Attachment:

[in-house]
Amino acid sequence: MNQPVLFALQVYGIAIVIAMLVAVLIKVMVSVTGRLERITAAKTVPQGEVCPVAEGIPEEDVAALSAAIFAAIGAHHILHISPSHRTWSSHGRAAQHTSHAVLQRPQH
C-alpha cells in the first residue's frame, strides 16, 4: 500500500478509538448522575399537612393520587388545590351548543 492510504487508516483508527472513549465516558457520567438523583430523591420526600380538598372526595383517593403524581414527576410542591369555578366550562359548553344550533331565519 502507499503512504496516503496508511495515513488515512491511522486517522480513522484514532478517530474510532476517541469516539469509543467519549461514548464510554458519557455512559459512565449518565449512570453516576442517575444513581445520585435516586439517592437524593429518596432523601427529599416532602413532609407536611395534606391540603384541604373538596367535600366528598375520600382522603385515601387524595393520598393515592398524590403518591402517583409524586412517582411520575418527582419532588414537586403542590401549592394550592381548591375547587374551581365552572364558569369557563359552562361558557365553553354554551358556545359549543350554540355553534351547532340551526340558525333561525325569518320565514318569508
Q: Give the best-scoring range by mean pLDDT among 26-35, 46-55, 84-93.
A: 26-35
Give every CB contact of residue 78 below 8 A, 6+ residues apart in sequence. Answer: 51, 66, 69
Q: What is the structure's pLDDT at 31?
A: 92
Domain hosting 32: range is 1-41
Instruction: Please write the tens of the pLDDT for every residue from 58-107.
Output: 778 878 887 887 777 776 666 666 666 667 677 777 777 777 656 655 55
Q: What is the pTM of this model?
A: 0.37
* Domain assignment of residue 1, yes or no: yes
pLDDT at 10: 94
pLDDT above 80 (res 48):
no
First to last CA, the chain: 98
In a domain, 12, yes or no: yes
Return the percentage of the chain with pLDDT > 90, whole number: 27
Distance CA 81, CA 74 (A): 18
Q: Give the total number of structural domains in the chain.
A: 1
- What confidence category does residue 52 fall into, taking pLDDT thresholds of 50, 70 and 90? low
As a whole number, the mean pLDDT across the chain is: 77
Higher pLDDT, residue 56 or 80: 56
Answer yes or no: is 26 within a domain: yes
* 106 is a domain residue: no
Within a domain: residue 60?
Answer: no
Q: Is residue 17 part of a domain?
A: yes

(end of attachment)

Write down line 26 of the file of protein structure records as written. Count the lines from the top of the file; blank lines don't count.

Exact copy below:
Higher pLDDT, residue 56 or 80: 56